different methods and comparing the results. If the integration error is unacceptable, the
step size is cut and the integrator tries again. However, if the integration error is
negligible, the integrator may increase the time step to speed up the run. Figure 2.2.2
shows how the time step might be changed during a run in which a system responds to a
step input. Each vertical dotted line in the figure indicates one integration interval.
X(t)
t

t
Figure 2.2.2. Numerical integration with a variable time step t.
There is an overhead associated with checking the integration accuracy. If the
integration parameters will be set such that the integrator seldom changes the step size,
then better performance may be possible with a fixed-step method.
Order of the Integrator
The exact relationship between t and the integration error depends on the nature of
the equations. Integration algorithms are conventionally analyzed for a sinusoid to
develop a relationship between t and the integration error. If the error is roughly
proportional to ( t)n, then the method is considered to be of order n-1. For example, the
integration error for the Euler integration shown in Figure 2.2.1 is approximately
proportional to ( t)2. Thus, the Euler method is described as being of order 1 .

2 17

2.2 Calculation Methods

AUTOSIM 3

Higher-order methods require that the derivatives of the state variables be calculated
more than once per time step, in order to account for the curvature of the function over
the time step. Some use values computed at previous times to predict where the function
will be; other require multiple calculations within the interval. In general, a higher-order
method requires more computation for a given step size than would a lower-order
method. The benefit of the higher-order method is that the simulation can be run with a
much larger step size, requiring fewer integration steps per simulation run.
Higher-order methods are well suited for systems with smooth ODEs that are well
approximated by the smooth polynomials implicitly assumed in the integration methods.
They obtain a given level of accuracy with a much larger step size than would be required
with a low-order method. Systems whose ODEs are not smooth are not approximated
well by high-order polynomials, and the integrators often cut the step size to about the
same interval that would be used for a low-order system. For these systems, a low-order
method runs faster. Note that the ODEs for a multibody system include the system
dynamics and the excitation to the system. The responses of systems with discontinuous
behavior, due to friction, lash, or other mechanical elements, or, systems subjected to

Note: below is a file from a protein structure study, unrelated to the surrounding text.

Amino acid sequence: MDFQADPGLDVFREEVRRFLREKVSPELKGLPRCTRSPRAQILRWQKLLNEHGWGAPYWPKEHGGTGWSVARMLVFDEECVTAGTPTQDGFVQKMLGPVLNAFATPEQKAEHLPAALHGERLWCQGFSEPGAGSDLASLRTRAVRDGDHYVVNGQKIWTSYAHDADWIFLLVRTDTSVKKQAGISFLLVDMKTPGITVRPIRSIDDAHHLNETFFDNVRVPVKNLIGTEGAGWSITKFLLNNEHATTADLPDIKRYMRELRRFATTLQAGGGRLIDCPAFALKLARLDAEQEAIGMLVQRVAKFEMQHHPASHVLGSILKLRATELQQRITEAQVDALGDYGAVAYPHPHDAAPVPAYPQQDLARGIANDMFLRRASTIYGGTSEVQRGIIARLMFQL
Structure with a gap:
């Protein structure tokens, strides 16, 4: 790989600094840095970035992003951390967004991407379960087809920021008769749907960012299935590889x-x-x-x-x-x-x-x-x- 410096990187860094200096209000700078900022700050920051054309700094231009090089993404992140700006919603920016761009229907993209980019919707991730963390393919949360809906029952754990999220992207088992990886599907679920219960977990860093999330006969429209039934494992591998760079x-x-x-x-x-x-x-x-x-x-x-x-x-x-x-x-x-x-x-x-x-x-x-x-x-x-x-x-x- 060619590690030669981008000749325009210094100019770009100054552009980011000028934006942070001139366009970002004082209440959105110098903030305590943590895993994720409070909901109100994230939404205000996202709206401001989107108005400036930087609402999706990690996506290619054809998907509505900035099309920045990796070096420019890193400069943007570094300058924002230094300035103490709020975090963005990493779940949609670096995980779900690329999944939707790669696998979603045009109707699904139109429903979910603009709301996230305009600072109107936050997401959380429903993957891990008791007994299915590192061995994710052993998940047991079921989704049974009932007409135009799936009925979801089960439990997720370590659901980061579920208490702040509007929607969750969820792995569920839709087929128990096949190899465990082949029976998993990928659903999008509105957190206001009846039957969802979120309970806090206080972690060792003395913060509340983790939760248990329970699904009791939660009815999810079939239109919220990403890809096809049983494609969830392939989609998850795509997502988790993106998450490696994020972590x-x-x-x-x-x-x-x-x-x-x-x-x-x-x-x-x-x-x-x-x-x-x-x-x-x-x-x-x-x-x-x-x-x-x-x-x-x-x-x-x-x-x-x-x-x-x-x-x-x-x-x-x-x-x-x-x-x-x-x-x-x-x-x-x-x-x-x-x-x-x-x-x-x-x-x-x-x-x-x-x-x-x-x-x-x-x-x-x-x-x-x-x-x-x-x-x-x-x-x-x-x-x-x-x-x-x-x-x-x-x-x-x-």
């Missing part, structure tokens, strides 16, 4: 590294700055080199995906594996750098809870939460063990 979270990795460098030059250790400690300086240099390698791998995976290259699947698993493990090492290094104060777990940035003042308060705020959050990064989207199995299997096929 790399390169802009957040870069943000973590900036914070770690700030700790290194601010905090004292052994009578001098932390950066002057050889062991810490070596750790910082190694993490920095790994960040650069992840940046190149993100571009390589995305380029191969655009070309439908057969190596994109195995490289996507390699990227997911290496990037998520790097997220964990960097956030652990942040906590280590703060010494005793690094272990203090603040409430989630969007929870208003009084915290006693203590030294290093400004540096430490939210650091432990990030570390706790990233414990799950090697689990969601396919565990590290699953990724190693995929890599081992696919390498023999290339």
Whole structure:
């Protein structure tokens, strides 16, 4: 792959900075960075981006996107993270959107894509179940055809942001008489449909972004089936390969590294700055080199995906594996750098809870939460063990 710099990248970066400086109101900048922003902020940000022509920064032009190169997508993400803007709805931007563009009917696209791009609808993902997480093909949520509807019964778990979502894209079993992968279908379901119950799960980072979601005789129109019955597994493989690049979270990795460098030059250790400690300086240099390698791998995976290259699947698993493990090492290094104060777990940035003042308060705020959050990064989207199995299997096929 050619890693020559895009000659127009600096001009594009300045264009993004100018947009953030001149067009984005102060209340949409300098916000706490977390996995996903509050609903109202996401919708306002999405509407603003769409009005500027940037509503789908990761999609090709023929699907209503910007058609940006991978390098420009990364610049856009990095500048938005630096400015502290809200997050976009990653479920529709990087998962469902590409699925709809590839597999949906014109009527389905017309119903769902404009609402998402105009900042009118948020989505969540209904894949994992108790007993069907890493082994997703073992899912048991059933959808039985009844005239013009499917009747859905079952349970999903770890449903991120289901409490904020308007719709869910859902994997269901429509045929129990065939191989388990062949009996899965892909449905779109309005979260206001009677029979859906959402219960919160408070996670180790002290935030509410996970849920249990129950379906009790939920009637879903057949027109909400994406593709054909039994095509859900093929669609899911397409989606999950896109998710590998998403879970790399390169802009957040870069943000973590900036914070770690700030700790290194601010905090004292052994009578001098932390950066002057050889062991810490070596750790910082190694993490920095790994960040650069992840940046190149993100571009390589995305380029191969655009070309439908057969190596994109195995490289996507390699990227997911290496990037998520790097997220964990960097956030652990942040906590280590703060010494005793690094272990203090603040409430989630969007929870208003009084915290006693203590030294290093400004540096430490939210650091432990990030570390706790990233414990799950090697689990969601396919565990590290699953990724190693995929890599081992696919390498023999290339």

discontinuous inputs, are often handled better with low-order integrators.
Some variable-step integration algorithms are also variable order. They change their
order on the fly, based on a monitoring of how the integration error changes with step
size. When the system is behaving smoothly, they use a high-order approximation to
permit the use of a relatively large step size. When discontinuities are significant, they cut
the step size and switch to a low-order formulation that reduces the computation per step.
Stiff Integrators
If a dynamic system has a large spread in frequency between its eigenvalues, say,
several orders of magnitude, then it is numerically stiff. For example, a model of an
automobile used to simulate handling performance might have resonance frequencies of
several hundred cycles/sec if the model includes links in the suspensions and compliant
bushings that connect them to the main body. The time step for an integrator such as
Euler must be set to handle the highest significant eigenvalue in the system. A step size
as small as 0.0001 sec might be needed for the automotive example. However, the
handling performance is dominated by response characteristics with much longer
response times, typically of several seconds. Thus, we would be using a step size of
0.0001 sec to study response properties involving less than one cycle/sec. If the high
frequencies were not present, a step size of 0.02 would be more typical, and the
simulation would run 200 times faster.
Figure 2.2.3 shows the problem posed by a stiff system. In the figure, it is the lowfrequency response that we are interested in. Given the initial values at time t 1, the initial
slope might be numerically very large due to the presence of the stiff elements in the
model. In the automotive example, a small amount of numerical error in the state
variables might imply a large force being generated by a stiff spring. As the figure shows,
the high-frequency response lasts only a short time. After the initial transient decays, the
response is dominated by the low-frequency behavior of interest.

2 18

2.2 Calculation Methods

X(t)

AUTOSIM 3
large time step
OK for low-frequency
response

small time step


needed for highfrequency
transient

high-frequency
transient response to
numerical round-off,
integration error, etc.
. t
.
explicit integrator uses x 1
implicit integrator uses x
at start of interval
at end of interval
Figure 2.2.3. Time history of a state variable in a stiff system.
If the integration method uses the derivatives at the start of the integration interval to
project forward, a very small step size is needed to properly integrate the high-frequency
transient. Alternatively, suppose we use the derivatives at the end of the interval. By then,